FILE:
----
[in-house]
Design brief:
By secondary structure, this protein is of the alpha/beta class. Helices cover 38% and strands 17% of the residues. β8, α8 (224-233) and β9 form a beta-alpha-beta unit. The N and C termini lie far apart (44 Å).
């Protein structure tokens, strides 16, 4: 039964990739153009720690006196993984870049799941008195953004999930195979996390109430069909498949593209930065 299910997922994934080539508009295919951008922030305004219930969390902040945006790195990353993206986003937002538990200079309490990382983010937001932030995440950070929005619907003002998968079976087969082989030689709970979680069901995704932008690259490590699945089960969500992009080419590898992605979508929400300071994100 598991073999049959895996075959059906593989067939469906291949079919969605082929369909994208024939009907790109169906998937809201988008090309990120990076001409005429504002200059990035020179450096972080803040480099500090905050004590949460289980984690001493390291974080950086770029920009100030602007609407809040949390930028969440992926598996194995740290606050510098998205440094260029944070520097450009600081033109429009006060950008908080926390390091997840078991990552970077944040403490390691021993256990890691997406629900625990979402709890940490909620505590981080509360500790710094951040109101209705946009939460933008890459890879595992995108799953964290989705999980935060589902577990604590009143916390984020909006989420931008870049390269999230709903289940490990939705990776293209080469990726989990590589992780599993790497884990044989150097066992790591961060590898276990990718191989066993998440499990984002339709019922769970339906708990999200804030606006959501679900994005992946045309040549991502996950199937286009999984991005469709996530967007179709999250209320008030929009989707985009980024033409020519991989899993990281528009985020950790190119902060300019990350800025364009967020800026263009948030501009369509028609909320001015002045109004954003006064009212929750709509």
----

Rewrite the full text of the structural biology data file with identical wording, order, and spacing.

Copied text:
[in-house]
Design brief:
By secondary structure, this protein is of the alpha/beta class. Helices cover 38% and strands 17% of the residues. β8, α8 (224-233) and β9 form a beta-alpha-beta unit. The N and C termini lie far apart (44 Å).
């Protein structure tokens, strides 16, 4: 039964990739153009720690006196993984870049799941008195953004999930195979996390109430069909498949593209930065 299910997922994934080539508009295919951008922030305004219930969390902040945006790195990353993206986003937002538990200079309490990382983010937001932030995440950070929005619907003002998968079976087969082989030689709970979680069901995704932008690259490590699945089960969500992009080419590898992605979508929400300071994100 598991073999049959895996075959059906593989067939469906291949079919969605082929369909994208024939009907790109169906998937809201988008090309990120990076001409005429504002200059990035020179450096972080803040480099500090905050004590949460289980984690001493390291974080950086770029920009100030602007609407809040949390930028969440992926598996194995740290606050510098998205440094260029944070520097450009600081033109429009006060950008908080926390390091997840078991990552970077944040403490390691021993256990890691997406629900625990979402709890940490909620505590981080509360500790710094951040109101209705946009939460933008890459890879595992995108799953964290989705999980935060589902577990604590009143916390984020909006989420931008870049390269999230709903289940490990939705990776293209080469990726989990590589992780599993790497884990044989150097066992790591961060590898276990990718191989066993998440499990984002339709019922769970339906708990999200804030606006959501679900994005992946045309040549991502996950199937286009999984991005469709996530967007179709999250209320008030929009989707985009980024033409020519991989899993990281528009985020950790190119902060300019990350800025364009967020800026263009948030501009369509028609909320001015002045109004954003006064009212929750709509």